Finally, Ray Palmer gets his message to Felicity Smoak and here is the Atom we have all been waiting for. Add to Arrow’s unfortunate realization that according to Ms. Smoak, “it’s not you, it’s me…” this episode does two things very well. It brings Palmer’s mini scientist back to the fore and showcases the splendid talent of Emily Bett Rickards as Felicity.
It has to be said that, in terms of the new shows dealing with all things “DC,” Arrow has always been a little Darhk. (Sorry could not resist) with things taking a turn for the worse with the actual introduction of dastardly Damien. Now we have Ray Palmer back from the dead, so to speak, and a great performance from Rickards as the new pin up for every geek and nerd in the world, Felicity Smoak.
The episode has a lot going for it, not least of which is Emily’s completely selling Felicity as the “thinking man’s crumpet” of the year. This gal Smoak has got it all, beauty, brains, mad organization skills and the ability to quip at a moments notice, what is not to love? Add to these instantly addictive traits the fact that you know this heroine would look equally good in a swimsuit as she would a business one, and you have a win/win situation.
After the last episode’s tepid introduction of Matt Ryan as Constantine, where the actor was sadly underused, this week saw things escalate in the verse. We have The Atom and we have Felicity Smoak, “I am CEO hear me roar,” hitting her stride with quips, comebacks and above all else, a true sense of self.
Her “It’s not you, it’s me” speech to Oliver, although in reality it was much, much more than that, allowed Rickards to kill this episode. Her admission that she allowed herself to become lost in Queen and, as she tells Oliver, “I am not that girl,” shows heretofore unseen depths to this character.
Felicity has always been good for a chuckle or two as she grows in confidence and her excitement at battling bad guys can only be matched by The Flash‘s Cisco (Played so adorably by Carlos Valdes). Although, Cisco has changed in terms of team dynamic with his new power…
There were some comedic moments in Arrow: Lost Souls. Oliver Queen secretly inviting mother Smoak to visit and for dinner was good for some mirth and allowed the talented Charlotte Ross to step in as Donna, Felicity’s blonde bombshell mom.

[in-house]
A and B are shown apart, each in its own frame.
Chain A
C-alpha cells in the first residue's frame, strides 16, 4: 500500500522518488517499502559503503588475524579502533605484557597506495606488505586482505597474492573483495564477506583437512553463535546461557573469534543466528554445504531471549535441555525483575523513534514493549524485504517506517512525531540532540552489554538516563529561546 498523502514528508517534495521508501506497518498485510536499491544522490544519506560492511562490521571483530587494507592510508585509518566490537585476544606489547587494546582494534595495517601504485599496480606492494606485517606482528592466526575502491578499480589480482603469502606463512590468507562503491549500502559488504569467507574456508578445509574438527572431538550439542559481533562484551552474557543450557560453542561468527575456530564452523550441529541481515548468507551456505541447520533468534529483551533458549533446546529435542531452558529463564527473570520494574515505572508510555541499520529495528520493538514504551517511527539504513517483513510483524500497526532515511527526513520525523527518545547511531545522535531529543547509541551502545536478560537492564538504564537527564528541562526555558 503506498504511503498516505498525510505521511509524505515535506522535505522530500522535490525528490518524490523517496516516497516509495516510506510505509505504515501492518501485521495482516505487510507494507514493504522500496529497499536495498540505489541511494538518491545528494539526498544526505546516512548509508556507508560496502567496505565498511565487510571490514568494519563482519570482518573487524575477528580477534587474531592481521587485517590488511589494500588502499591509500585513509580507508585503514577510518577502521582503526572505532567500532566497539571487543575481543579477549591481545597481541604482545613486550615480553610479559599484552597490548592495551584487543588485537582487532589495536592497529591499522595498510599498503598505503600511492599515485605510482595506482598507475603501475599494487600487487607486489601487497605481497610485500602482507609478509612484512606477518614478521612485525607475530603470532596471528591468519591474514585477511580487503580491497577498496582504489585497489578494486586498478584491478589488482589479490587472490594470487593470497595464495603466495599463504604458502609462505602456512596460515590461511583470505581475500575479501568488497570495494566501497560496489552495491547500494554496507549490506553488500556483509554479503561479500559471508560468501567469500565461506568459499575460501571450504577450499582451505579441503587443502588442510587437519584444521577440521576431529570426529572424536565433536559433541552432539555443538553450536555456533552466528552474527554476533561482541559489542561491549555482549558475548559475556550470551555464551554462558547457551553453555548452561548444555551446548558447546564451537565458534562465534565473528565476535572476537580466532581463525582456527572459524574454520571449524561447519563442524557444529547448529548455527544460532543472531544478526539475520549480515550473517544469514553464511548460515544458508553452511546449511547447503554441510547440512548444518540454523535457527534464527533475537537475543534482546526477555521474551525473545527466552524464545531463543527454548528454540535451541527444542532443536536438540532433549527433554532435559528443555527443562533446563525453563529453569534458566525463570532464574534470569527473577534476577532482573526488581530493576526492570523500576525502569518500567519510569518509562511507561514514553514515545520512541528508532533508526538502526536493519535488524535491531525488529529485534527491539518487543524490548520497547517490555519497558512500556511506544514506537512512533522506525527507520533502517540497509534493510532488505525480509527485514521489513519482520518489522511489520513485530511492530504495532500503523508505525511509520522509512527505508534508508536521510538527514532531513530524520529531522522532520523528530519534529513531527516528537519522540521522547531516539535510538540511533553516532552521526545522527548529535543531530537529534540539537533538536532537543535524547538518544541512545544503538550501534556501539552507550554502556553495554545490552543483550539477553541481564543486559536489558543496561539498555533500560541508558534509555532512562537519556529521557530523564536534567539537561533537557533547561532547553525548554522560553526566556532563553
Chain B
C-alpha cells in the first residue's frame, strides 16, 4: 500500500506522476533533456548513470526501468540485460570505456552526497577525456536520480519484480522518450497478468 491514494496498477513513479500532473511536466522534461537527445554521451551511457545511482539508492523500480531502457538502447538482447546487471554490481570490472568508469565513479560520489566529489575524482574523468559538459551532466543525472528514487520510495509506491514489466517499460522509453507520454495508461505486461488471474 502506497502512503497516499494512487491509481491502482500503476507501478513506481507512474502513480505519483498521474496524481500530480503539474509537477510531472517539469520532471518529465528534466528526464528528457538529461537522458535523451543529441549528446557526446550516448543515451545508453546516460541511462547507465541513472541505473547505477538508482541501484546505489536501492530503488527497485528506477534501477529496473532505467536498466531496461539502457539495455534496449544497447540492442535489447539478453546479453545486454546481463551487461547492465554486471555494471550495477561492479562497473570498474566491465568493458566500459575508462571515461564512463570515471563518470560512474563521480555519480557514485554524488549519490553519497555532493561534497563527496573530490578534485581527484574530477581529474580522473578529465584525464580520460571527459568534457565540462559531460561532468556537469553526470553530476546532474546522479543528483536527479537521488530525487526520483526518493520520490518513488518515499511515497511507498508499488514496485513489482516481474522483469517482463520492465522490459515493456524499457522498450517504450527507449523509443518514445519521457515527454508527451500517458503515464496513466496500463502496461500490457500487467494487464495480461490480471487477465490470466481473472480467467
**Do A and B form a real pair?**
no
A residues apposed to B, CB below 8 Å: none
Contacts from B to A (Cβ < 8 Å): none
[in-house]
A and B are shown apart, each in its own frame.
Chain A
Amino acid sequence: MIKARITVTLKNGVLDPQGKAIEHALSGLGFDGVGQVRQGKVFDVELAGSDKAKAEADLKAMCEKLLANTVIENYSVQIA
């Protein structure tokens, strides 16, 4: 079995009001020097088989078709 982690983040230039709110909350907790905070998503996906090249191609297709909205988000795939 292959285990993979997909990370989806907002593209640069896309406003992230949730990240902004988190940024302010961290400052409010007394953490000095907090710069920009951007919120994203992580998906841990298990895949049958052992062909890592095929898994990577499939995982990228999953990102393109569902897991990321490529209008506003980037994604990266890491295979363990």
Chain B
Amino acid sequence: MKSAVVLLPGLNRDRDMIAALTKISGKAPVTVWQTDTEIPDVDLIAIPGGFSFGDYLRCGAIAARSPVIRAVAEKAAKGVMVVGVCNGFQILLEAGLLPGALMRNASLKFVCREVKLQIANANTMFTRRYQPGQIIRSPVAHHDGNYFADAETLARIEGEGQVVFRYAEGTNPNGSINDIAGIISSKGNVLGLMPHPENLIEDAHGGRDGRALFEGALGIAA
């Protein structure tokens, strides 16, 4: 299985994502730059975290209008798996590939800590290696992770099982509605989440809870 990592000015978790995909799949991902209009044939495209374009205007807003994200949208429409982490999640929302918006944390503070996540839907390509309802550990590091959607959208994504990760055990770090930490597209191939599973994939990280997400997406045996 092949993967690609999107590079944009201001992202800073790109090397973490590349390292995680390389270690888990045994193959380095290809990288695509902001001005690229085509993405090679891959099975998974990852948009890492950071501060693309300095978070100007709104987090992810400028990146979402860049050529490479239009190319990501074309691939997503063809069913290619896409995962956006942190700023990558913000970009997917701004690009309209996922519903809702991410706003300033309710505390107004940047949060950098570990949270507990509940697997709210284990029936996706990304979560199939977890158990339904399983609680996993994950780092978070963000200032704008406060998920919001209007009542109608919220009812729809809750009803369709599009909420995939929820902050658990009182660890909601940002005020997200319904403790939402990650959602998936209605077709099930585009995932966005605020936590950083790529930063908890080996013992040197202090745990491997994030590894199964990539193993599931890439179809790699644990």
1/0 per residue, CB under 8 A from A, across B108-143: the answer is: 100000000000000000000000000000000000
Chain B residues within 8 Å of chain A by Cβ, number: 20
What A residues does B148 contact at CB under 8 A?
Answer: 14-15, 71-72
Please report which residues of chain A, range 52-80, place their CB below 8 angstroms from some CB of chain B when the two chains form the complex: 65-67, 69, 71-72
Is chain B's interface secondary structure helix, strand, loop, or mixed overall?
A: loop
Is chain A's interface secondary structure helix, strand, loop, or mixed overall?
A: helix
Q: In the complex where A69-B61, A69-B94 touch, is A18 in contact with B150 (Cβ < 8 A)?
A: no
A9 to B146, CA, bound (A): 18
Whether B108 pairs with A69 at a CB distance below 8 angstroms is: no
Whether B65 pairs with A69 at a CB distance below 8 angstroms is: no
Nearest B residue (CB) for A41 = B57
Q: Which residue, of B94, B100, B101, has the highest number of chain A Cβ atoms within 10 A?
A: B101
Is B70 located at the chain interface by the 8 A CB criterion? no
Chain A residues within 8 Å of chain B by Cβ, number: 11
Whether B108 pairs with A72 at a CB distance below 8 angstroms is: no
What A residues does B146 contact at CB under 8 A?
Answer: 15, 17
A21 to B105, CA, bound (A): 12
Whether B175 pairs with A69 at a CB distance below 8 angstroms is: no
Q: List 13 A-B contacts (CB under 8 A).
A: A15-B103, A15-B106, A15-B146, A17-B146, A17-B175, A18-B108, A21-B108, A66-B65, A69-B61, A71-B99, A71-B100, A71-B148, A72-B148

(Ross has come a long way since her Days of Our Lives (1987-1991) role as Eve Baron Donovan and she was instantly engaging as Felicity’s mother.)
In comparing Smoak to Cisco, it should also be pointed out that her enthusiasm has not waned, just as Ramon’s has not faltered, even with his new power. The two really are ethereal twins. She also likes naming things, although in her world it is the “code names” and not the villainous new meta-humans encountered by the good guys she likes to govern.
Despite being prepared for the emergence of Ray Palmer (Brandon Routh) as The Atom, the sense of excitement at the discovery that Felicity’s old boss, and former squeeze, was alive and being held against his will by Damien Darhk (Neal McDonough) was pretty noteworthy. Sidenote: Seriously, how creepy was that shot of Darhk’s huge head peering down at Palmer in the box while he was speaking to Smoak? Shudders to the nth.
A combination of great effects and great moments for this episode; where Rickards wins the geeky girl next door award for the ages and Brandon Routh proves he was the best choice to be The Atom, make this an epic episode to watch. (Question: Does anyone else think that if Tom Cruise ever lost his pipes that Routh could do voice over work for the Mission Impossible: Rogue Nation star? Answers in the comment section below…)
Arrow has moved away, just a nudge, from its innate “darhkness” (Sorry.) to allow Felicity to grow and evolve as a character. While Oliver may have been disturbed initially by Smoak’s “it’s not you it’s me” spiel, by the end Felicity has chosen him, as they bring out the inner bits when they are together.
This series airs Wednesdays on CW and continues to make the DC verse a great place to visit, even without any cross over action from The Flash.